on May 5, 1998
Why classroom assessment?
Brian asked if I would co-moderate this discussion with him, so I've
been thinking of how to kick things off. I decided to focus on the
question of classroom vs. external (usually state-mandated)
Recently I asked a group of high school teachers in a Writing Across the
Curriculum workshop if the objective tests they administer told them
whether a student really understood the math concepts they were
teaching. They said "No!," that usually they have to talk to students
one-on-one or in small groups to assess understanding. We began to
explore ways they might use math journals or short essay assignments as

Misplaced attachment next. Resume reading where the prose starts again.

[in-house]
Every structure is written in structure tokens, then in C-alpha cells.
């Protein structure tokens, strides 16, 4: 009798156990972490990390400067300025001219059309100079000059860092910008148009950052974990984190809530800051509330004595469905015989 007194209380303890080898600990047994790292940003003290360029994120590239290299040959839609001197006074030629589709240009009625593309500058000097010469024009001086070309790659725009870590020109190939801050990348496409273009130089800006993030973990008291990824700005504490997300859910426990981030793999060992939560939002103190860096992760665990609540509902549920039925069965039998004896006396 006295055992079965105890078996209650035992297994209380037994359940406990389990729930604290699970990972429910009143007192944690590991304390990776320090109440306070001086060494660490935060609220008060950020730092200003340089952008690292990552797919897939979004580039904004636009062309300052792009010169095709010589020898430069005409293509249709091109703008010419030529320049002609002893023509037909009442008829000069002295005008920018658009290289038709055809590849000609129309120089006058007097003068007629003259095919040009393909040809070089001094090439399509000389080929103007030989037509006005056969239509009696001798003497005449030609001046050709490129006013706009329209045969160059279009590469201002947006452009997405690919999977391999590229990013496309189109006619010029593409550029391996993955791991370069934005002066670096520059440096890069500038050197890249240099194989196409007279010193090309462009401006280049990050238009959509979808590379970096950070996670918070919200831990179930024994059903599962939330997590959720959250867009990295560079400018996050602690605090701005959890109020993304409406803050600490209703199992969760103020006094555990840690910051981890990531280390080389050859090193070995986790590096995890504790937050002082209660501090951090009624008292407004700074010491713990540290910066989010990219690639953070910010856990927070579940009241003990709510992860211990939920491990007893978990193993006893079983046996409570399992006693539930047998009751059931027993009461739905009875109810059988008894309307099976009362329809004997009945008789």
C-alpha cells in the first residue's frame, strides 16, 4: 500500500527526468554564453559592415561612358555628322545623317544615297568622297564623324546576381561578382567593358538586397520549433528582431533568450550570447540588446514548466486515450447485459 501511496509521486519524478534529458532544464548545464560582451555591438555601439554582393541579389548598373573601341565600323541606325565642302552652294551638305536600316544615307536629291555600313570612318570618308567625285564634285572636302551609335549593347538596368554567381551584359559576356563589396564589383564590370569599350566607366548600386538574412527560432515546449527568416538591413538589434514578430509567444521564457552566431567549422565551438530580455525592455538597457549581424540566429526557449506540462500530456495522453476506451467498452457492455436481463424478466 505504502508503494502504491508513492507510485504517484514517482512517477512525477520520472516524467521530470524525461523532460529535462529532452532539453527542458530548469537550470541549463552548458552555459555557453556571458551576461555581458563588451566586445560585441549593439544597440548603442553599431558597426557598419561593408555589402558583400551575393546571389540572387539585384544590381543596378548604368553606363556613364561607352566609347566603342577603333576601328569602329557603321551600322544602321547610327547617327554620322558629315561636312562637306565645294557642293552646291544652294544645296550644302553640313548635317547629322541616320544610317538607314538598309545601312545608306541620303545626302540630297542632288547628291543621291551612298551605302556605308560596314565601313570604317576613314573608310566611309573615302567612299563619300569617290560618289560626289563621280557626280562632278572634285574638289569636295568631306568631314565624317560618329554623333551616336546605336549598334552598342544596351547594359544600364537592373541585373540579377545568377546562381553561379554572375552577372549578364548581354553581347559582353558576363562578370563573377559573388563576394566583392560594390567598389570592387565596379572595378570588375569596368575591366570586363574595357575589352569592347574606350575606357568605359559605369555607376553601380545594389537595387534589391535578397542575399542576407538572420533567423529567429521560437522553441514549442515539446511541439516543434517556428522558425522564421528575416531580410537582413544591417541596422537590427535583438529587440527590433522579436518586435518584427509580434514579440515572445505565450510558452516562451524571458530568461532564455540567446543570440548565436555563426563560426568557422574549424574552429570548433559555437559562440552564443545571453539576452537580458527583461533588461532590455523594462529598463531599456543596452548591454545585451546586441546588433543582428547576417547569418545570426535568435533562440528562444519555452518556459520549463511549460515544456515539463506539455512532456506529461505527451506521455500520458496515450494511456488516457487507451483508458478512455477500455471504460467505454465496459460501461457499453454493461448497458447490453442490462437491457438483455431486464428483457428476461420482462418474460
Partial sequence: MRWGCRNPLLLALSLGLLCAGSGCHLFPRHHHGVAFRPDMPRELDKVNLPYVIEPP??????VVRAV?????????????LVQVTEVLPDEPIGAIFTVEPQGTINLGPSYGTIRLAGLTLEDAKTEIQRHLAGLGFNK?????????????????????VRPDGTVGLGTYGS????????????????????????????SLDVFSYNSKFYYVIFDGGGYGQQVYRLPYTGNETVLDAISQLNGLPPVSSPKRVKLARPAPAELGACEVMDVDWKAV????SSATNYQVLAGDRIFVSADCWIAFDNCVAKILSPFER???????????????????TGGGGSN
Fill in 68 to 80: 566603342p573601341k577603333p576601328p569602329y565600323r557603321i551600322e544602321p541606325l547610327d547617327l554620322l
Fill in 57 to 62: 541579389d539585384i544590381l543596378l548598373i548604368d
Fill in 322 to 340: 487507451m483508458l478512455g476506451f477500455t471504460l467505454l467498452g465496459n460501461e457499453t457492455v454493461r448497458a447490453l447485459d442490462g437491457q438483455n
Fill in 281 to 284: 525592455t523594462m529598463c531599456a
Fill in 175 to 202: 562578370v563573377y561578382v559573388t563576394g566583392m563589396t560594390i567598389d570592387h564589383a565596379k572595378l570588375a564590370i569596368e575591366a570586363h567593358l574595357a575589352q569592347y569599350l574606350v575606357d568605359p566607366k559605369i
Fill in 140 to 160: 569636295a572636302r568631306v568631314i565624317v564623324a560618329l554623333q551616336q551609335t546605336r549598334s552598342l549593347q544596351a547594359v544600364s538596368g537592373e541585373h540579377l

a diagnostic tool to assess students' mathematical understanding.
After about 10 years of working with teachers to develop and use a
variety of performance measures in addition to traditional tests, I've
concluded that a balanced assessment system is crucial both to
instruction and accountability. To instruction because many of the most
important achievement targets (Stiggins), such as mathematical
reasoning, problem-solving and communication simply cannot be adequately
assessed without using performance tasks in combination with traditional
measures. To accountability because of the unintended consequences of
high stakes testing, which often drives teachers to directly drill and
practice procedures without adequate instruction and monitoring of
students' development of understanding, reasoning and communication.